The good books from new wave of Indian authors

When I wrote last time about the new Indian authors not setting high standards for themselves when setting out to write, I felt that I was only saying one side of the story. There is the other side of the coin - one where authors produce a good story, where they use good grammar and employ sound research on any facts/situations they might be writing about. So, which books were those?

Top of my list:

  • Both "If God was a Banker" & "Devil in Pinstripes" from Ravi Subramanian.
  • "Keep the Change" by Nirupama Subramanian (I don't think she is related to Ravi in anyway)
  • "A Romance with Chaos" by Nishant Kaushik
Both of Ravi's books are written in a racy style with well carved out characters etched in the world of banking. I was so often so immersed in the stories that I found myself wishing to be a lifer with New York International Bank (NYIB), the setting for both the books. Both were unputdownable. Ravi concentrates more on the stories and how they evolve. Places and emotions are described less, but the context of every scene was well laid out. I enjoyed both of them.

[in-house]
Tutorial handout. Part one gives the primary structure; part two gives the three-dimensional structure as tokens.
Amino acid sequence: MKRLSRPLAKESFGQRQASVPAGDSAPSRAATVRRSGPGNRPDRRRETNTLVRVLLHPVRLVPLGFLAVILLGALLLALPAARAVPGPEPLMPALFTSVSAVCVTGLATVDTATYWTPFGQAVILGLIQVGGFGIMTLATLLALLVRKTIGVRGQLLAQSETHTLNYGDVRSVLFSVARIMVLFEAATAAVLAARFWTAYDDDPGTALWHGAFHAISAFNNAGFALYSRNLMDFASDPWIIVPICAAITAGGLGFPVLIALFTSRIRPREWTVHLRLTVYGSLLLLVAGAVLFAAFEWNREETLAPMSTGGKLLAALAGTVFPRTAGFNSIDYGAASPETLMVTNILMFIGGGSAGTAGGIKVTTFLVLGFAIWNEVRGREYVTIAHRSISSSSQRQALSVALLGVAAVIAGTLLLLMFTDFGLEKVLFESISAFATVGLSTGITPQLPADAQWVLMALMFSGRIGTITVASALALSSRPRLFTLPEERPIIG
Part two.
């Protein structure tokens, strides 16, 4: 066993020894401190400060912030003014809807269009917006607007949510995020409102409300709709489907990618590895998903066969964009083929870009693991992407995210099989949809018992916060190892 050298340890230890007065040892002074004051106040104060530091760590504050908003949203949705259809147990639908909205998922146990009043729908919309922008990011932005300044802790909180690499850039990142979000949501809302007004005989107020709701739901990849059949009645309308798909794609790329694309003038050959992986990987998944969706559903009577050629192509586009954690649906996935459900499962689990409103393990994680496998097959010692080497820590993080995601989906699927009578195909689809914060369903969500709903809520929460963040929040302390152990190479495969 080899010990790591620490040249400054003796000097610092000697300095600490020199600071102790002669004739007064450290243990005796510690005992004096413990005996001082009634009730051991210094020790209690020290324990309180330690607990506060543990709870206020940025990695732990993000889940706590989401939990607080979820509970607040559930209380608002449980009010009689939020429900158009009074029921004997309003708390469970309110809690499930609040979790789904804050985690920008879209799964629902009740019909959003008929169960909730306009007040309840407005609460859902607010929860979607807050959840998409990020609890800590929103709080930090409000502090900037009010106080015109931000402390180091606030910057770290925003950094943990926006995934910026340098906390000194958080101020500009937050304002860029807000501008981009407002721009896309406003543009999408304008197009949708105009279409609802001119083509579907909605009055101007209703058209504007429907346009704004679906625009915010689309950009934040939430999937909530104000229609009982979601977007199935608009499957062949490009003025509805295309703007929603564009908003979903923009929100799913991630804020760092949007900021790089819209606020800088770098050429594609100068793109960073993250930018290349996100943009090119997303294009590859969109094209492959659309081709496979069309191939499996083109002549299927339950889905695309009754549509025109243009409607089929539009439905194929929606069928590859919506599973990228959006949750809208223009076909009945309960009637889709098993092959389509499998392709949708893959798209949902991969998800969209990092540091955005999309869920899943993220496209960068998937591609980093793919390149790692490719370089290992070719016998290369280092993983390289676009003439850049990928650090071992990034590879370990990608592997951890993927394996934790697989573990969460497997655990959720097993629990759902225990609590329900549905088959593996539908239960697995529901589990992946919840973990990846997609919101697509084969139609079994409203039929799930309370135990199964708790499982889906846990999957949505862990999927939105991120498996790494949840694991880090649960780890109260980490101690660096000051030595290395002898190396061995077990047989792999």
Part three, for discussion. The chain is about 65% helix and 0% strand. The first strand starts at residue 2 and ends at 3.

"Keep the Change", is this hilarious book about, presumably, a Tam Brahm lady from Chennai transforming herself into a career woman in Bombay trying to find love on the way. If you happen to be a Tam Brahm, the comedy presented in the story is just amazing. There were more than one occasion when the other commuters in the train, where I have my date with books, could hear a loud laugh or watch a wide grin. A must read for a Tam Brahm or those who are in relationship with one. A compelling read for others too.

Nishant Kaushik has taken simple settings of a standard software company, adding in characters of all hues, each trying to achieve their own goals. The characters are all well built up and complemented each other. The turns in the story were quite unpredictable and my best attempts to guess what might be coming were thwarted by Nishant's imaginative sequences. The philosophical dilemma, under which the protagonist is lost, as well as the possible outcomes were well presented, without it being dumbed down, nor making it too complex that the reader had to flex his brain muscles too much.

All in all, these reads were definitely worth the money I spent on them.

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